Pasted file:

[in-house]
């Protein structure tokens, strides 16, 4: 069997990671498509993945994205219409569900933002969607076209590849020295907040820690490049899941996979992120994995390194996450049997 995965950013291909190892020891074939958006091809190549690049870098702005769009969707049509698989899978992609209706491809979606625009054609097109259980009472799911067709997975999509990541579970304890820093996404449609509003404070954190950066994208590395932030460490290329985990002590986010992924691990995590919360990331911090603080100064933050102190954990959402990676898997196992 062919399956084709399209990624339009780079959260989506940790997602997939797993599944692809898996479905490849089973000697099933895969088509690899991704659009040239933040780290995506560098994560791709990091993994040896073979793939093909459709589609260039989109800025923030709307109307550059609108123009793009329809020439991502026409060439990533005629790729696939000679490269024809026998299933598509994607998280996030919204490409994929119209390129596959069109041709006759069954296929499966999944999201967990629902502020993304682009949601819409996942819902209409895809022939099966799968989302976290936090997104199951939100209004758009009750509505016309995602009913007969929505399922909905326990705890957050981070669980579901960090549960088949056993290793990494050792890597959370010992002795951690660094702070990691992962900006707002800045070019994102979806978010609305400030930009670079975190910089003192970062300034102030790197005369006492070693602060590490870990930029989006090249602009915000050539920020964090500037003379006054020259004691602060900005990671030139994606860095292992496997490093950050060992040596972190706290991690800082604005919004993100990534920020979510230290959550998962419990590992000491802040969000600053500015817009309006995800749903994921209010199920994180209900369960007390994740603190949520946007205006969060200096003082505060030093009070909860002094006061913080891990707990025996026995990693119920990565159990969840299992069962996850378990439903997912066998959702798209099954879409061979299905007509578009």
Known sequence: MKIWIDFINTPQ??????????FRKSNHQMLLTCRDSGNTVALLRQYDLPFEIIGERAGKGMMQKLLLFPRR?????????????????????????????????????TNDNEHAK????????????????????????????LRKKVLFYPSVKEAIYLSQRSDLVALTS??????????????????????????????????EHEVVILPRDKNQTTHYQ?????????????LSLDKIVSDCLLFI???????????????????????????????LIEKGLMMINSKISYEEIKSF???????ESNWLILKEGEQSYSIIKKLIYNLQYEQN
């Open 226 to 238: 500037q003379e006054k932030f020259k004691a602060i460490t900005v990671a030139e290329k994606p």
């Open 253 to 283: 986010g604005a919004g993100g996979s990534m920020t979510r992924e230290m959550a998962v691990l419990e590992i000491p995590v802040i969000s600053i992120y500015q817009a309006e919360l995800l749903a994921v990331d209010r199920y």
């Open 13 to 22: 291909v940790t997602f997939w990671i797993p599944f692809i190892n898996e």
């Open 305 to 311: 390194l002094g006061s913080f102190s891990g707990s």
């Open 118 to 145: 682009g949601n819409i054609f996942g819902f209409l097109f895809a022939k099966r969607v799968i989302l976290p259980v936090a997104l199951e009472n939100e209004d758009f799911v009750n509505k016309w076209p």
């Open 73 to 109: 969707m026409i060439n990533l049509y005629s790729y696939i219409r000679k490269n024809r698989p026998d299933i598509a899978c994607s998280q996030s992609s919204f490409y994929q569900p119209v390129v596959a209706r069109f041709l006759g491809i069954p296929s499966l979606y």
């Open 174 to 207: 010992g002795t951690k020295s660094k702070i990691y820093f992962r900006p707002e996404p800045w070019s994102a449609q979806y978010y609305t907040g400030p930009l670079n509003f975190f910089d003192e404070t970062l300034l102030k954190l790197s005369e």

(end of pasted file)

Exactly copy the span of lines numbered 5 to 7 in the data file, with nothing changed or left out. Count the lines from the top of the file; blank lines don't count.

């Open 253 to 283: 986010g604005a919004g993100g996979s990534m920020t979510r992924e230290m959550a998962v691990l419990e590992i000491p995590v802040i969000s600053i992120y500015q817009a309006e919360l995800l749903a994921v990331d209010r199920y």
């Open 13 to 22: 291909v940790t997602f997939w990671i797993p599944f692809i190892n898996e």
């Open 305 to 311: 390194l002094g006061s913080f102190s891990g707990s």